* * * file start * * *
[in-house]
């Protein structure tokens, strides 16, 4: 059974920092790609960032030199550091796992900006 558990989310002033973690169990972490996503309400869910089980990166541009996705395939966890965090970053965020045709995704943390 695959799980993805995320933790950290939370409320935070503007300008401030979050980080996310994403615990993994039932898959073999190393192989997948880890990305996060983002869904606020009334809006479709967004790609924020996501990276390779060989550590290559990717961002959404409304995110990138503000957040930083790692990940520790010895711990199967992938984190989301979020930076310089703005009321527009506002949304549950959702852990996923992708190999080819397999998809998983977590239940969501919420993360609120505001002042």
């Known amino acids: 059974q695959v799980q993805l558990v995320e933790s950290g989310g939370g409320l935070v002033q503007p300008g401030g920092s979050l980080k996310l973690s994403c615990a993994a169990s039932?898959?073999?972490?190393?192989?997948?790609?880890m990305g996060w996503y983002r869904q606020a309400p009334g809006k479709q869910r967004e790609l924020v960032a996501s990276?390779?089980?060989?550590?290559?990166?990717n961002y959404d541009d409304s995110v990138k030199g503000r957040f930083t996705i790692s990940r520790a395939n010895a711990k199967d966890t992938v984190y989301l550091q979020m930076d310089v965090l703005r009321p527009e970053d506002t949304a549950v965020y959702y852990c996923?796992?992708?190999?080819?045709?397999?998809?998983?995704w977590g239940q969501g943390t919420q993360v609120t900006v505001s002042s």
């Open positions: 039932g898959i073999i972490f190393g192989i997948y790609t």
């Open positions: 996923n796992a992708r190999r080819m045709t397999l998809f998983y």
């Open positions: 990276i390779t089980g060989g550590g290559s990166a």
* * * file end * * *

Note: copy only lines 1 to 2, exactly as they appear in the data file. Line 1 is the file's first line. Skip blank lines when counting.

[in-house]
């Protein structure tokens, strides 16, 4: 059974920092790609960032030199550091796992900006 558990989310002033973690169990972490996503309400869910089980990166541009996705395939966890965090970053965020045709995704943390 695959799980993805995320933790950290939370409320935070503007300008401030979050980080996310994403615990993994039932898959073999190393192989997948880890990305996060983002869904606020009334809006479709967004790609924020996501990276390779060989550590290559990717961002959404409304995110990138503000957040930083790692990940520790010895711990199967992938984190989301979020930076310089703005009321527009506002949304549950959702852990996923992708190999080819397999998809998983977590239940969501919420993360609120505001002042």